Disability and ERISA Claims
While the Employee Retirement Income Security Act (ERISA) protects workers’ access to retirement and disability benefits, it can often be challenging to collect the benefits you need. At Patricia S. Bellac Law Firm, we handle complex ERISA and both short-term and long-term disability claims for clients throughout Colorado. We can help make sure you get what you need to move forward.
Many employees who participated in ERISA retirement and pension plans have worked for companies that have been acquired or merged, possibly have had life changing events, or have sadly been denied monetary claims. The Patricia S. Bellac Law Firm, can help. With years of ERISA and at times other applicable Federal and Colorado law experience we get results.
Disability disorders such as fibromyalgia, multiple sclerosis, autoimmune disorders, traumatic brain injury, chronic pain, and other “invisible” long-term disabilities leave many people unable to work and struggling financially. The hardships they face may be at least partially remedied by long-term disability ERISA plan benefits collected from an employer’s or private insurance policy.
Consider These Key Issues in Your Disability Claim
When filing a claim and attempting to recover long-term disability benefits, it is important to consider the following:
- Disabilities may be classified/defined differently according to your employer’s insurance policy. Some policies declare people disabled if they can no longer perform any occupation. Others only declare you disabled if you can no longer perform your own occupation. The policy may outline a change in definition after a certain period of time. These details can influence whether or not you are eligible for benefits and how long those benefits will last.
- How long you receive benefits will depend upon your individual policy. In some cases, policies offer benefits until retirement. In others, you may only be able to collect for a certain number of years — whatever the policy terms dictate.
- Long-term disability benefits supply a portion of your former salary — not the whole thing. Be prepared for certain financial limitations. When you collect long-term disability benefits, you typically receive around 60 percent of your salary. Short-term disability benefits may provide a little more. This varies from policy to policy.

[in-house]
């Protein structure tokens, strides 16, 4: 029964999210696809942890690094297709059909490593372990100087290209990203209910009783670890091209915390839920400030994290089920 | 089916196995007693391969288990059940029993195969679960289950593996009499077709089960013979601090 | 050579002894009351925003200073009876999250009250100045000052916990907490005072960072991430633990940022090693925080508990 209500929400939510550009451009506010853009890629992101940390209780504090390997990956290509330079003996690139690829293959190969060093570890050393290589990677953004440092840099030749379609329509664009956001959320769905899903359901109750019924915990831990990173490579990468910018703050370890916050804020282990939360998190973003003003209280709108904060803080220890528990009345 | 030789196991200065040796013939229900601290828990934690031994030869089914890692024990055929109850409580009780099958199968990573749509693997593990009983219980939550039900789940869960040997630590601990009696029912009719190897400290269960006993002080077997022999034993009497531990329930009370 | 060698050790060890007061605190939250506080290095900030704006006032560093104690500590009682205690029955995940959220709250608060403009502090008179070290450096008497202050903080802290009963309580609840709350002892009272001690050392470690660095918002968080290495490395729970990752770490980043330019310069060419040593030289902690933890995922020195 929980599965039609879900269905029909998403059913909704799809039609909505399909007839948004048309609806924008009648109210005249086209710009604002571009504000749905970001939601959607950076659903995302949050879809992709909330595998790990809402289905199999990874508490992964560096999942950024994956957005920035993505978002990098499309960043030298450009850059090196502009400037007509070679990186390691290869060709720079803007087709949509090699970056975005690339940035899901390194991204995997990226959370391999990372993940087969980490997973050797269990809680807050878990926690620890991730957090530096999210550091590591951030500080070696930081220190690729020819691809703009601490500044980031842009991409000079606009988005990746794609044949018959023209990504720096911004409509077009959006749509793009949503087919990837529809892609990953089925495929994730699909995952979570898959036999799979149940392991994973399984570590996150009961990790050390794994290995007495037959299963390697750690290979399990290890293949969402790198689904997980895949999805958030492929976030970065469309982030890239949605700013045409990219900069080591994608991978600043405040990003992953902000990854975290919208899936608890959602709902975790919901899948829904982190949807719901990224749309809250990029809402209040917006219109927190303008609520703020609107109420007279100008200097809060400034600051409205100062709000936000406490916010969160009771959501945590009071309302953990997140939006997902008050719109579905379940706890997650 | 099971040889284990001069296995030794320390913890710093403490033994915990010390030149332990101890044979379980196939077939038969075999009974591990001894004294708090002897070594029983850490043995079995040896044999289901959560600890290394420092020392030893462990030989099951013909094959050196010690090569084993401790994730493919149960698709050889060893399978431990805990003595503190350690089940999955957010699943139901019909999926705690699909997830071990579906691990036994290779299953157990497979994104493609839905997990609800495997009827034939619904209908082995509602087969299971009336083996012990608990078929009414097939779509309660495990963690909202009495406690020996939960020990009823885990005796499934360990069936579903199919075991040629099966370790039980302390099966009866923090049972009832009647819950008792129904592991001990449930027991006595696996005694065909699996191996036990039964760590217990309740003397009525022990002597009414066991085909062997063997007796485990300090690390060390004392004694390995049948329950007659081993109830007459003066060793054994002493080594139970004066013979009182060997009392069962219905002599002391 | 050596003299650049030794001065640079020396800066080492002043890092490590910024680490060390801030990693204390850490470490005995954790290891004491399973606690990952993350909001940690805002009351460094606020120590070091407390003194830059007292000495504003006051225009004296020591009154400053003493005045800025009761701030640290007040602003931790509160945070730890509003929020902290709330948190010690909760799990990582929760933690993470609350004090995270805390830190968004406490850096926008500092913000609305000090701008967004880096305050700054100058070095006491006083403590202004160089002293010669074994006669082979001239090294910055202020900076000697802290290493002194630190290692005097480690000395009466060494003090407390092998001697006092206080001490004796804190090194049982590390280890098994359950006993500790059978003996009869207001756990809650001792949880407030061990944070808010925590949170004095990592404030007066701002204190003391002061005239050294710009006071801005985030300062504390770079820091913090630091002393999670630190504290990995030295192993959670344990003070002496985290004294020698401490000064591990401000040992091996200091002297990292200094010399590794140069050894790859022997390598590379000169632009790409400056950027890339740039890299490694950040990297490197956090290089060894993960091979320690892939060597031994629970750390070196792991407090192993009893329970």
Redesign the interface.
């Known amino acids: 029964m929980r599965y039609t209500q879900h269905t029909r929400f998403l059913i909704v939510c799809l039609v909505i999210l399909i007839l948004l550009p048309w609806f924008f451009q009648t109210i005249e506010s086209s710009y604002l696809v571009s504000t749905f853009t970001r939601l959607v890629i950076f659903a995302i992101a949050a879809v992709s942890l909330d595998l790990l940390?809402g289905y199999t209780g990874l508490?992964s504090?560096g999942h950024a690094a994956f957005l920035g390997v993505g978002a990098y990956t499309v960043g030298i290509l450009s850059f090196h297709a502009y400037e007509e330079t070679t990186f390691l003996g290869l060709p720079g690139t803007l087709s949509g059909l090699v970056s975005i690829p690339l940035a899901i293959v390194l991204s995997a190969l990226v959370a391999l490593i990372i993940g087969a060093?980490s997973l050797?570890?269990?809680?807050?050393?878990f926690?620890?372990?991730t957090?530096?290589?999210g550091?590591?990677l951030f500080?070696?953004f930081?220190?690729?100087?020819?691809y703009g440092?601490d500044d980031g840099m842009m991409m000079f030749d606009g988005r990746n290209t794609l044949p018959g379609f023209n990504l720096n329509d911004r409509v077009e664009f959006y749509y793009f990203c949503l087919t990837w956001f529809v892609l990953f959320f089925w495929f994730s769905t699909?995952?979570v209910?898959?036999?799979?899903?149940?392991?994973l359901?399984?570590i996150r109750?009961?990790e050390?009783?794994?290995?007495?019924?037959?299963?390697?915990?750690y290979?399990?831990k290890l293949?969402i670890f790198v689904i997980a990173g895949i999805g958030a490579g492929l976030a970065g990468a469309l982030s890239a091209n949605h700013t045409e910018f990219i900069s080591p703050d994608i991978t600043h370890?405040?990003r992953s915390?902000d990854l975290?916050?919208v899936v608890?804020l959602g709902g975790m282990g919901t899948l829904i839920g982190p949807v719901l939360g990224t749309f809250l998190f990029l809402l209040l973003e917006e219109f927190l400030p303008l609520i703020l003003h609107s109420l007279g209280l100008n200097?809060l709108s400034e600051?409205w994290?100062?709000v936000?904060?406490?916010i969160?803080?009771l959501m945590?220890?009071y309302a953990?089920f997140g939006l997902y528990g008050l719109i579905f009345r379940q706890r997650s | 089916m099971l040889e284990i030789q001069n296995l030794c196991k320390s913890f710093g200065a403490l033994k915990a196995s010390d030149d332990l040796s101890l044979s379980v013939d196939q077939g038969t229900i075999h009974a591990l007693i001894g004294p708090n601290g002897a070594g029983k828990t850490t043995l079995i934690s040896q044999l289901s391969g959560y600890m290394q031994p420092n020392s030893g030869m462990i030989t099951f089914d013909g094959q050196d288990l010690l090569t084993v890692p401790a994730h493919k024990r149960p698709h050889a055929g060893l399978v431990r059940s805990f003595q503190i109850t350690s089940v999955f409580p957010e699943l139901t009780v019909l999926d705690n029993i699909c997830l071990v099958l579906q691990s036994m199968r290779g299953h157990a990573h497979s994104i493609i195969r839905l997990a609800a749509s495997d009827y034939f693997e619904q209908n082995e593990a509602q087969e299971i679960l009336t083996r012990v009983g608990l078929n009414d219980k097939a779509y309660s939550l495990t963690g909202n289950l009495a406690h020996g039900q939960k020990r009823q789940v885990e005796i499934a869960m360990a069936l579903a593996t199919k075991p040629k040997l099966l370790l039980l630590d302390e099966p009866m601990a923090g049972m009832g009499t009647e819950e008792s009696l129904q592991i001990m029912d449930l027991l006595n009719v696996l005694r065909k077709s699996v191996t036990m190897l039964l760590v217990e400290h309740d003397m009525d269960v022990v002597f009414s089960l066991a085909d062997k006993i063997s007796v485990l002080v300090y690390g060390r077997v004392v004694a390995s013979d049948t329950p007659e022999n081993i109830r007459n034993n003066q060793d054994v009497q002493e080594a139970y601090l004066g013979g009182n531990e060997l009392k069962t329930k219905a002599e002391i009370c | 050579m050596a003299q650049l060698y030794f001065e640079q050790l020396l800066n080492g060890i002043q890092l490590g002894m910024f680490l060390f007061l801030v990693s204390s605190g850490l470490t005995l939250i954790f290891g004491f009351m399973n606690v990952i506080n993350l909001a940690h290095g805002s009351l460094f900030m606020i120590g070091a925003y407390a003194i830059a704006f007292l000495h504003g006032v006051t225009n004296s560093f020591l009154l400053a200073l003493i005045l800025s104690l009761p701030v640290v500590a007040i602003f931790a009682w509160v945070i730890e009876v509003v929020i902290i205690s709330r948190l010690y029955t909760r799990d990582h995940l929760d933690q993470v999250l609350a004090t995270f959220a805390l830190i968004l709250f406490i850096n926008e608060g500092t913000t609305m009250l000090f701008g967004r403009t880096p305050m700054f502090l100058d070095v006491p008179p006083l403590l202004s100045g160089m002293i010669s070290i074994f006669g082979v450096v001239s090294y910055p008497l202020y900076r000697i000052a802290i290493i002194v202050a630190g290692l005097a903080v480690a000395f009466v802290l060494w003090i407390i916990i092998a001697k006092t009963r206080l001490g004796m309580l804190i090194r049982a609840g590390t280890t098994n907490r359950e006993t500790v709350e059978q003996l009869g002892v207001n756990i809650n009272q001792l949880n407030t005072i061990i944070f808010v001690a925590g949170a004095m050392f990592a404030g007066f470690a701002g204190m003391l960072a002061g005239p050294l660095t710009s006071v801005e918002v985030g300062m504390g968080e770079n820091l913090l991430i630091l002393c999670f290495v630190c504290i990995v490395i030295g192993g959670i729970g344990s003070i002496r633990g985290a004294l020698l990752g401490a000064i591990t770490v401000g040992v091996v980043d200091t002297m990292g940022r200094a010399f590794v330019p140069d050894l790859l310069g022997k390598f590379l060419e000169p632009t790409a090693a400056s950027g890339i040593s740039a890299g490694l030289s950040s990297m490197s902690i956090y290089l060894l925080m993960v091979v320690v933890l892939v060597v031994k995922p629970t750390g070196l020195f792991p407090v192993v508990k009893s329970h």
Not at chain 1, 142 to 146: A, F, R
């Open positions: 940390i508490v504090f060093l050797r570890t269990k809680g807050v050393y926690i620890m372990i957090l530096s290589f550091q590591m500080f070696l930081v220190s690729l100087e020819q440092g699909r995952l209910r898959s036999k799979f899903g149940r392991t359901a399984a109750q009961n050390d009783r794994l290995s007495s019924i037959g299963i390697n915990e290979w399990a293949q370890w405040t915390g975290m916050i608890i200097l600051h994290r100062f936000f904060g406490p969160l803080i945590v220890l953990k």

- Insurance companies are not eager to pay out benefits, so they will make every effort to deny your claim. You cannot risk giving insurance providers the ammunition to deny your claim. Your medical records play a crucial role in justifying your claim, as does your behavior outside of work. Some insurance companies have even been known to use friendly interview techniques to record you seemingly countering your claim as well as even undercover surveillance of claimants to demonstrate your physical condition. These details matter, so make sure to protect your potential for benefit recovery.
- If you are denied benefits, you must submit new evidence in the administrative appeal phase or you will be barred from later presenting that evidence in court. Benefits are often denied despite ongoing disability, due to lack of “objective medical evidence.” ERISA and many other policies do not allow the introduction of new evidence after the appeal phase.
Patricia S. Bellac Law Firm can help ensure your claim is thorough and ready for filing, minimizing the chance of claim denial and, if already denied, improving your chances for a successful appeal and beyond. Now may be the time to speak to an attorney at Patricia S. Bellac Law Firm in Boulder, Colorado about your claims.
Disclaimer: No attorney client relationship is formed by submitting a contact form, or by my response, or by any way other than entering into a written representation agreement that I sign and the client signs. I do not represent a potential client, and will take no action on their behalf, until we have a signed agreement.